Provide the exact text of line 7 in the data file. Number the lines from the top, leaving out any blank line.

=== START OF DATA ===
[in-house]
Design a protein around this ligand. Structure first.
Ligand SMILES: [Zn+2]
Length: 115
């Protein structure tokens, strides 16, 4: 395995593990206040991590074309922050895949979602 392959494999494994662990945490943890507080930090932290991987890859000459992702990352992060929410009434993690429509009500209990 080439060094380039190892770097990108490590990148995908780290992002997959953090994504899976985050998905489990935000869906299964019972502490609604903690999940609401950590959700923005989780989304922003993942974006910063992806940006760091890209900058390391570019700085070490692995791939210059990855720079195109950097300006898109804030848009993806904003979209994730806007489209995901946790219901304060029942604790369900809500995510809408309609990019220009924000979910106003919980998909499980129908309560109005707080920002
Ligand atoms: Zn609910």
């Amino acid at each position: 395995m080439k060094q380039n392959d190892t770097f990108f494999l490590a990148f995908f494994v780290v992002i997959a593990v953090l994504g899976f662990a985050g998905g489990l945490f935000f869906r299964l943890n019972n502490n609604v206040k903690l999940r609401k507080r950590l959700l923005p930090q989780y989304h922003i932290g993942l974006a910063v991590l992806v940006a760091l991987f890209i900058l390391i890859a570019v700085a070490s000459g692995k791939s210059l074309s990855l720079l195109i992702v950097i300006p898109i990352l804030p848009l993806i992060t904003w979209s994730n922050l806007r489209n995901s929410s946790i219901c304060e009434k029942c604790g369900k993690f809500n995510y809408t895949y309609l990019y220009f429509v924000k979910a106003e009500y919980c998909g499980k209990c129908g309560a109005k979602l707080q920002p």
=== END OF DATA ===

């Amino acid at each position: 395995m080439k060094q380039n392959d190892t770097f990108f494999l490590a990148f995908f494994v780290v992002i997959a593990v953090l994504g899976f662990a985050g998905g489990l945490f935000f869906r299964l943890n019972n502490n609604v206040k903690l999940r609401k507080r950590l959700l923005p930090q989780y989304h922003i932290g993942l974006a910063v991590l992806v940006a760091l991987f890209i900058l390391i890859a570019v700085a070490s000459g692995k791939s210059l074309s990855l720079l195109i992702v950097i300006p898109i990352l804030p848009l993806i992060t904003w979209s994730n922050l806007r489209n995901s929410s946790i219901c304060e009434k029942c604790g369900k993690f809500n995510y809408t895949y309609l990019y220009f429509v924000k979910a106003e009500y919980c998909g499980k209990c129908g309560a109005k979602l707080q920002p």